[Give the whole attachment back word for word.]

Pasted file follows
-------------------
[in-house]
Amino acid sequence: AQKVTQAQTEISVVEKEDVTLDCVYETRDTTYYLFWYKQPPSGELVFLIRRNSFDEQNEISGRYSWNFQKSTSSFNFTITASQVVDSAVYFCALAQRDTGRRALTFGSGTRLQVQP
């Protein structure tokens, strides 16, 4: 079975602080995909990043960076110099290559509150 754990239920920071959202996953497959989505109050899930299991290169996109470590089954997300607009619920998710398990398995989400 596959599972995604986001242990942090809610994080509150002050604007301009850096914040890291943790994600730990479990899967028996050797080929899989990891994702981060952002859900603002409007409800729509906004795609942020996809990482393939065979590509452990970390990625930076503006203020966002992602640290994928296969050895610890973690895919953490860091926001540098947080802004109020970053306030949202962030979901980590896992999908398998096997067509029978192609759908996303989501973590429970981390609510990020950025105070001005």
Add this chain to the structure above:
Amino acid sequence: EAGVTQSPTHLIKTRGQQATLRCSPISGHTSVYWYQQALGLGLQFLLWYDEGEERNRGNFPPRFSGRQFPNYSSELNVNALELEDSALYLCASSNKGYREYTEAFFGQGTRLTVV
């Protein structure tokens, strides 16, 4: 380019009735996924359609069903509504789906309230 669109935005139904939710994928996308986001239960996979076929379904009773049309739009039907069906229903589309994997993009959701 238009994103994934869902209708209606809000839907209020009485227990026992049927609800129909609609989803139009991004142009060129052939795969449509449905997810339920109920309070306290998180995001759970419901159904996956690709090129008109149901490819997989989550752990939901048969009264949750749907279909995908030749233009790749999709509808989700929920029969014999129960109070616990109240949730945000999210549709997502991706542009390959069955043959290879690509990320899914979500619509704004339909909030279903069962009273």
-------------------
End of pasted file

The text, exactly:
[in-house]
Amino acid sequence: AQKVTQAQTEISVVEKEDVTLDCVYETRDTTYYLFWYKQPPSGELVFLIRRNSFDEQNEISGRYSWNFQKSTSSFNFTITASQVVDSAVYFCALAQRDTGRRALTFGSGTRLQVQP
């Protein structure tokens, strides 16, 4: 079975602080995909990043960076110099290559509150 754990239920920071959202996953497959989505109050899930299991290169996109470590089954997300607009619920998710398990398995989400 596959599972995604986001242990942090809610994080509150002050604007301009850096914040890291943790994600730990479990899967028996050797080929899989990891994702981060952002859900603002409007409800729509906004795609942020996809990482393939065979590509452990970390990625930076503006203020966002992602640290994928296969050895610890973690895919953490860091926001540098947080802004109020970053306030949202962030979901980590896992999908398998096997067509029978192609759908996303989501973590429970981390609510990020950025105070001005």
Add this chain to the structure above:
Amino acid sequence: EAGVTQSPTHLIKTRGQQATLRCSPISGHTSVYWYQQALGLGLQFLLWYDEGEERNRGNFPPRFSGRQFPNYSSELNVNALELEDSALYLCASSNKGYREYTEAFFGQGTRLTVV
């Protein structure tokens, strides 16, 4: 380019009735996924359609069903509504789906309230 669109935005139904939710994928996308986001239960996979076929379904009773049309739009039907069906229903589309994997993009959701 238009994103994934869902209708209606809000839907209020009485227990026992049927609800129909609609989803139009991004142009060129052939795969449509449905997810339920109920309070306290998180995001759970419901159904996956690709090129008109149901490819997989989550752990939901048969009264949750749907279909995908030749233009790749999709509808989700929920029969014999129960109070616990109240949730945000999210549709997502991706542009390959069955043959290879690509990320899914979500619509704004339909909030279903069962009273």